Over three years, the spending reductions announced Thursday will eliminate 19,200 federal government jobs, with most of the cuts being felt in the Ottawa area. But the 498-page budget contained few details on what specific programs or services will feel the affects of the austerity campaign.
Federal officials sought to downplay the magnitude of the cuts, insisting the reductions in the 2012 budget are nothing like the deep cuts imposed by the Liberals in the 1990s.
“We will implement moderate restraint in government spending,” Flaherty said in his budget speech. “We have no need to resort to the drastic cuts being forced upon some other developed countries today,” he said.
Most of the savings will come by “eliminating waste in the internal operations of government, making it leaner and more efficient,” Flaherty said.
But Canadians will be adjusting to the budget measures for months, or perhaps years.
Employment Insurance, which has been widely criticized for not providing sufficient support to jobless workers, is being overhauled. Ottawa is spending $387 million to change how EI benefits are calculated with a view to eliminating “disincentives to accepting all available work prior to applying to the EI program.” The impact will vary from region to region but some workers may find their benefits reduced or harder to obtain, officials said.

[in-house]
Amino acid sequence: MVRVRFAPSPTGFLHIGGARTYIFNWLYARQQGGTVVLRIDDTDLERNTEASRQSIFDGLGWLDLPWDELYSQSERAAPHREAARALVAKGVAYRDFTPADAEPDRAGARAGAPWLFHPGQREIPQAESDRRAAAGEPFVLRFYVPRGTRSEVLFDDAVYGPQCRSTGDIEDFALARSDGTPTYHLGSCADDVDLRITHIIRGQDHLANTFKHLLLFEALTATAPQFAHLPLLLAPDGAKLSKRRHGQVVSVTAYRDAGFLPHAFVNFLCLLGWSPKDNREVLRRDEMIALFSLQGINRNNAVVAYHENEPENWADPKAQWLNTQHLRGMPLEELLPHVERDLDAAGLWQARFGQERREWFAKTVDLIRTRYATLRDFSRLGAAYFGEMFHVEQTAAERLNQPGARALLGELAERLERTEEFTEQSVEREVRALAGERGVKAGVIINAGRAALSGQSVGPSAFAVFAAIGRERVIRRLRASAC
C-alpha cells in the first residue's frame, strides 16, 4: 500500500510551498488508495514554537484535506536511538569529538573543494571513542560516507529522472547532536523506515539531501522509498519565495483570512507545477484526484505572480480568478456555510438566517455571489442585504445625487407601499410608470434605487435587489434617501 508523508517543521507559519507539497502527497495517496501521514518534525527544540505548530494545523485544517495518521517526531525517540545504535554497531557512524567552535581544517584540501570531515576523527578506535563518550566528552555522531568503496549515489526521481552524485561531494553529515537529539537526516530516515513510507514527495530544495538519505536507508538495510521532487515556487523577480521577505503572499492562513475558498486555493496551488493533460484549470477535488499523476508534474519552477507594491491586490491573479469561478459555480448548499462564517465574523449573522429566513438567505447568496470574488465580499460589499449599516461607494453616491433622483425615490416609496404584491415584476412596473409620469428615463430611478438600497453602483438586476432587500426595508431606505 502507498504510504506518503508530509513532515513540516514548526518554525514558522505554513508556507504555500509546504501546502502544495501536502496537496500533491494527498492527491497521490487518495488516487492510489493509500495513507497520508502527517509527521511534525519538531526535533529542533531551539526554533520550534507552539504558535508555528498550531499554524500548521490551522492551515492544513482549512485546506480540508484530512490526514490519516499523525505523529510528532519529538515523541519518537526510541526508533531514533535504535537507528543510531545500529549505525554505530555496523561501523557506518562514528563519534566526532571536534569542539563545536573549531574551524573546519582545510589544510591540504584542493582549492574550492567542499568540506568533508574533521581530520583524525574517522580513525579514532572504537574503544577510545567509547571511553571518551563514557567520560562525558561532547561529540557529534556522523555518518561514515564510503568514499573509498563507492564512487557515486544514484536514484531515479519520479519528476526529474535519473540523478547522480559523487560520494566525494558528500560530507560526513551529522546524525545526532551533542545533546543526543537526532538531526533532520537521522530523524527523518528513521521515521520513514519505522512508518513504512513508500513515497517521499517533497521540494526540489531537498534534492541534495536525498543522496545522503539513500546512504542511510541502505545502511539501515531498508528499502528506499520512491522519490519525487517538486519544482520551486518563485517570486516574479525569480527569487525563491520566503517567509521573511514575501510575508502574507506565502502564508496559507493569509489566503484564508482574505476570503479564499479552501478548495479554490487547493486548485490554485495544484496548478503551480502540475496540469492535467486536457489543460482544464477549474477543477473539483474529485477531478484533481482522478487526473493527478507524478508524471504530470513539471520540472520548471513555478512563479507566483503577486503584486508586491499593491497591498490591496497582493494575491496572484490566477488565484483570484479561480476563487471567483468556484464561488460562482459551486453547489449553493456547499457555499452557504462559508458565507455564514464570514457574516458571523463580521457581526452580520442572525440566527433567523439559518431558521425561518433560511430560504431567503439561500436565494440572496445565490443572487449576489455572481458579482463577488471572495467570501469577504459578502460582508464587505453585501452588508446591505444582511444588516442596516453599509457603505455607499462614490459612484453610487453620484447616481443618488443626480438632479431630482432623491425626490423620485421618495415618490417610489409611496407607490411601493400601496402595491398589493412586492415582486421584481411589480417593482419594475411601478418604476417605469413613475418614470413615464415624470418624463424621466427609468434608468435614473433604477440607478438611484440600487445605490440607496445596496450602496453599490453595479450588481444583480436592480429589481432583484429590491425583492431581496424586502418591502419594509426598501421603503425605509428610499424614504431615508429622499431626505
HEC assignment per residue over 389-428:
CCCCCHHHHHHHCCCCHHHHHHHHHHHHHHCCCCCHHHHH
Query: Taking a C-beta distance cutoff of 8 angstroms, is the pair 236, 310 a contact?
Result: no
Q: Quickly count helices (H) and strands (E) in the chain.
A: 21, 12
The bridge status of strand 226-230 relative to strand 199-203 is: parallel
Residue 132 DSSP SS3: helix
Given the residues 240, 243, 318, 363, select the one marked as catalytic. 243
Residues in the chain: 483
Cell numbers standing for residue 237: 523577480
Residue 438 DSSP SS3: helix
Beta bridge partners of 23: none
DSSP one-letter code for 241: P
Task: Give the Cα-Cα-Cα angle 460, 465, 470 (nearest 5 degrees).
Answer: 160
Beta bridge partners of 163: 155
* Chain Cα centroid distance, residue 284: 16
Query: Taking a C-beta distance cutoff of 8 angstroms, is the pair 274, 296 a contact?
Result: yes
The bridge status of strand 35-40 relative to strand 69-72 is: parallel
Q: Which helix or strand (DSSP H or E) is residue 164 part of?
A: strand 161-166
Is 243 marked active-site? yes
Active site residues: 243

Younger Canadians will be forced to wait longer to collect old age security payments, to 67 from 65. The change will be phased in and those aged 54 and older won’t be affected.
The government will also retool the pensions of politicians and public servants, forcing them to contribute more to their retirement plans.
The defence department expects to find savings of $1.1 billion a year through “streamlined” contracting and internal processes, vague language used to describe expected savings in most other departments. However, the Canadian Forces’ strength of regular troops will be maintained at 68,000 and its reserve force at 27,000.
The government hopes to squeeze $687 million in savings from the department of Public Safety, including $195 million from the Royal Canadian Mounted Police and $143 million from the Canada Border Services Agency.
Foreign Affairs is on the hook to reduce its budget by $169 million and expects to find savings by selling off official embassies abroad, reducing its vehicle fleet and extending the duration of its foreign postings to avoid relocation costs.
A top priority in the Conservatives’ economic blueprint is re-energizing the research and development activities by business that lead to “innovative” breakthrough products like Research In Motion’s BlackBerry. The budget earmarks $521 million over two years as part of a sweeping realignment of programs meant to spur cutting edge research and high-tech development to better equip Canada to compete in the knowledge-based global economy.
“The planned measures focus on the drivers of growth, innovation, business investment, people’s education and skills that will fuel the new wave of job education,” Flaherty told the media.